With this rationale in mind, we decided to provide people reasons to care. We decided to create a resource that would help people - the common man - realize that yes, the loss of biodiversity was indeed their business, something that would affect their way of life. We thus conceived an online resource that would integrate numerous aspects of Indian biodiversity - from traditional knowledge to modern scientific information, from mythological stories to YouTube videos - and host them at one convenient, accessible location. We imagined a resource that would not only provide information about Indian biodiversity to anyone wanting it anytime anywhere in the world, but also enable them to add information themselves - much like Wikipedia. With these aims in mind, Project Brahma was born. As the name suggests, we hoped that this website would encompass all knowledge about Indian biodiversity and highlight the intricate associations between Indian biodiversity and its cultural fabric.
Progress of Project Brahma and what we intend to achieve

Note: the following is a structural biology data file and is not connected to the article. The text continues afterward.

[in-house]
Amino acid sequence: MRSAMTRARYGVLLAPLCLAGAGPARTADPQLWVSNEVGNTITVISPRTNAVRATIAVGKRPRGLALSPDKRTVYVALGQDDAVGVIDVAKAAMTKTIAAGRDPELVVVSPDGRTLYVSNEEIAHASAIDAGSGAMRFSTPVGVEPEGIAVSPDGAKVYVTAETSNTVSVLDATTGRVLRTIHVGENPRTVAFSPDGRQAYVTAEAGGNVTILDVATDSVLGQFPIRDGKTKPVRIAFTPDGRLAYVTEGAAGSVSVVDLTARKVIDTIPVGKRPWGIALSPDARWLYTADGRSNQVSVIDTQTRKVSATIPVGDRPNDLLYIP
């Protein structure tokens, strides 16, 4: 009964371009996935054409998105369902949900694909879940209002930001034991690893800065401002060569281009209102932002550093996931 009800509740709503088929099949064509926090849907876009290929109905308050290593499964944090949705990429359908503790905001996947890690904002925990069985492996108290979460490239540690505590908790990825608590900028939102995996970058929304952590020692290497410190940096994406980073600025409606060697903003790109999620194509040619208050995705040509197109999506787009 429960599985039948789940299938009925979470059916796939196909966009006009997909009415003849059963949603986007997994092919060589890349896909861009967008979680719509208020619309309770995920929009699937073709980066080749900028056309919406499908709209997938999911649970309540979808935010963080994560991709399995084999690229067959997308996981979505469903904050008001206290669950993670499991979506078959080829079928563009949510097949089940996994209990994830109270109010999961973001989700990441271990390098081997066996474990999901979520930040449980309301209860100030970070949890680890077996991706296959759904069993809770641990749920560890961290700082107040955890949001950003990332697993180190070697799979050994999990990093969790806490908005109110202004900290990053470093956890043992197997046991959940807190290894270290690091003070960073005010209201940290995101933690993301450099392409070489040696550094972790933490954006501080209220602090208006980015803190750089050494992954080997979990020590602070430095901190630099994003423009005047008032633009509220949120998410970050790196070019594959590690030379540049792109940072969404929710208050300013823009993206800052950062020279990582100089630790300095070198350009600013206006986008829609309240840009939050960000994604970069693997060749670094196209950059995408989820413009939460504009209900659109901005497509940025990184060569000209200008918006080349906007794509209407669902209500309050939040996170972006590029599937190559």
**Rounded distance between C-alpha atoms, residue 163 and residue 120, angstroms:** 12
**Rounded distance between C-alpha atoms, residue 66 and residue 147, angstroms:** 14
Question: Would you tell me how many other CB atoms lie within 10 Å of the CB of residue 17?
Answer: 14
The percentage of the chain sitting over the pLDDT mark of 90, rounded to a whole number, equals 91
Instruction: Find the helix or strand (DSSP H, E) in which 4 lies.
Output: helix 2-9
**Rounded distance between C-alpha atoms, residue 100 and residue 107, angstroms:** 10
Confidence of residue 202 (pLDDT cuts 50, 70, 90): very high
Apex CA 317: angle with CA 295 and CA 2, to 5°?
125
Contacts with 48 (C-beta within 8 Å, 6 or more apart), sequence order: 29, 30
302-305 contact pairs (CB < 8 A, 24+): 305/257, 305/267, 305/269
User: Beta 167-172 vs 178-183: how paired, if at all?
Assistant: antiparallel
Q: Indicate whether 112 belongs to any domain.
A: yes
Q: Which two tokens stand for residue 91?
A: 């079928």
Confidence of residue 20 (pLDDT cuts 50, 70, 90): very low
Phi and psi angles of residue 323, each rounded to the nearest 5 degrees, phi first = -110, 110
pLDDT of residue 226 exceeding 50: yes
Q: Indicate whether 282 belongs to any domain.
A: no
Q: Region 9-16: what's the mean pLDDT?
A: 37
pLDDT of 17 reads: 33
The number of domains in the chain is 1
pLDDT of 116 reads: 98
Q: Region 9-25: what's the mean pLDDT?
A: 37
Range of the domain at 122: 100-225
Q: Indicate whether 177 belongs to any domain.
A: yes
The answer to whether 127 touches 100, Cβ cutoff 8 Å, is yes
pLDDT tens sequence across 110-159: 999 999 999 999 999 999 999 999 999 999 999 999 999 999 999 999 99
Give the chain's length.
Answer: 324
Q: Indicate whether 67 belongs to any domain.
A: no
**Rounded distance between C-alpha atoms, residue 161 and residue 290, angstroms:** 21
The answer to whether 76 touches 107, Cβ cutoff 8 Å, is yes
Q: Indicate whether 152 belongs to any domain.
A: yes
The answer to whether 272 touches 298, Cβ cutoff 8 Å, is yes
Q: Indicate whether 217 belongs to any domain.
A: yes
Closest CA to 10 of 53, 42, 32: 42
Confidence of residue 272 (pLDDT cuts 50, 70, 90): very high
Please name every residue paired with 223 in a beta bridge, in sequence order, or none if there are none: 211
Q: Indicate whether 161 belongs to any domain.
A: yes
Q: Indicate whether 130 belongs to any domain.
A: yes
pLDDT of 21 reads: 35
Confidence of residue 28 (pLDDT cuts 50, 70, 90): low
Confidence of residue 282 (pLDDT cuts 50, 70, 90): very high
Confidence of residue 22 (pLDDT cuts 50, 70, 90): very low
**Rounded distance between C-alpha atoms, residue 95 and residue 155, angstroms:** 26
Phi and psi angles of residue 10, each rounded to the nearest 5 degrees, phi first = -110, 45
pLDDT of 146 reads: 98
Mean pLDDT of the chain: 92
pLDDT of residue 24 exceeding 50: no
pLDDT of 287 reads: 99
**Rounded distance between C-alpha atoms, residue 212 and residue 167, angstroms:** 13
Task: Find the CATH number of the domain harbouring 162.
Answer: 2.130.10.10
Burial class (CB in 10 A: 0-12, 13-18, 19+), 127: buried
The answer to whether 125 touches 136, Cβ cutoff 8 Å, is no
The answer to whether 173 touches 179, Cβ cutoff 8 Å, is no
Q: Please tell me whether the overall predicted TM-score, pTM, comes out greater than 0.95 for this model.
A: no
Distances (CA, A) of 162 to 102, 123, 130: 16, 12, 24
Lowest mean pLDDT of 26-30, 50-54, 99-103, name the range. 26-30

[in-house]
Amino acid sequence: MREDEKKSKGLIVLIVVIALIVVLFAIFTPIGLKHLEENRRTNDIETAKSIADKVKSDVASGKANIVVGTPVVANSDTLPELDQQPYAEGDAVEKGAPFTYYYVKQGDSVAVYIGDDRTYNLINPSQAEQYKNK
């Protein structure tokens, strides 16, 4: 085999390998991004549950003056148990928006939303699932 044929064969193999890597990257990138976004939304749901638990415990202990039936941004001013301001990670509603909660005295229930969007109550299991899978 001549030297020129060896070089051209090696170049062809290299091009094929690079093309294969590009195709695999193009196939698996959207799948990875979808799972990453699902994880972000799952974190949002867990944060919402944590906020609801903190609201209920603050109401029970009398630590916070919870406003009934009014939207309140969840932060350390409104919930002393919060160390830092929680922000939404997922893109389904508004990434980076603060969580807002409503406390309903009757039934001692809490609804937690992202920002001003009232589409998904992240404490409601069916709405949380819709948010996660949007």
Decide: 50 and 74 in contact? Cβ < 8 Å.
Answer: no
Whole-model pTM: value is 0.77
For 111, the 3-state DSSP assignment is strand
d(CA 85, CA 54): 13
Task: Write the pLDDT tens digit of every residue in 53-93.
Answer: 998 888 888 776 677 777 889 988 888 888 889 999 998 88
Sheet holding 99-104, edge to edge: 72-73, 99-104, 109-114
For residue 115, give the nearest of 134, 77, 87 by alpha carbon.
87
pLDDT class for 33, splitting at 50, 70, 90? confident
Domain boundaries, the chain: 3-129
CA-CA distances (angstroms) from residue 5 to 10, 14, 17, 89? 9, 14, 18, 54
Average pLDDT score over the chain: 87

Our take on creating a biodiversity database is quite unique and different. No biodiversity database till now has used the Web 2.0 technologies and social networking tools as we have in the Indian context. Our target audience, unlike most biodiversity databases, is the common man - our aim is to make the common man more aware about biodiversity-related issues and engage him more in conservation activities. Our website is thus based on the software platform as well as the ethics of Wikipedia - making it the first open-source, open-access biodiversity database in the Indian context. In only the past year, we have developed abundant tools for engagement on the Brahma website -species pages which document all kinds of information about various Indian plants and mammals, means of extracting specific sets of information from the database, interactive quizzes related to environment and biodiversity, news articles and one of the largest collections of biodiversity-related videos on the world wide web. We have created highly active Facebook and Twitter pages, which have attracted over 200 followers in just 3 months of our public launch, thus helping us spread our message far and wide. In the coming future, we plan to expand the quality and quantity of each of these activities.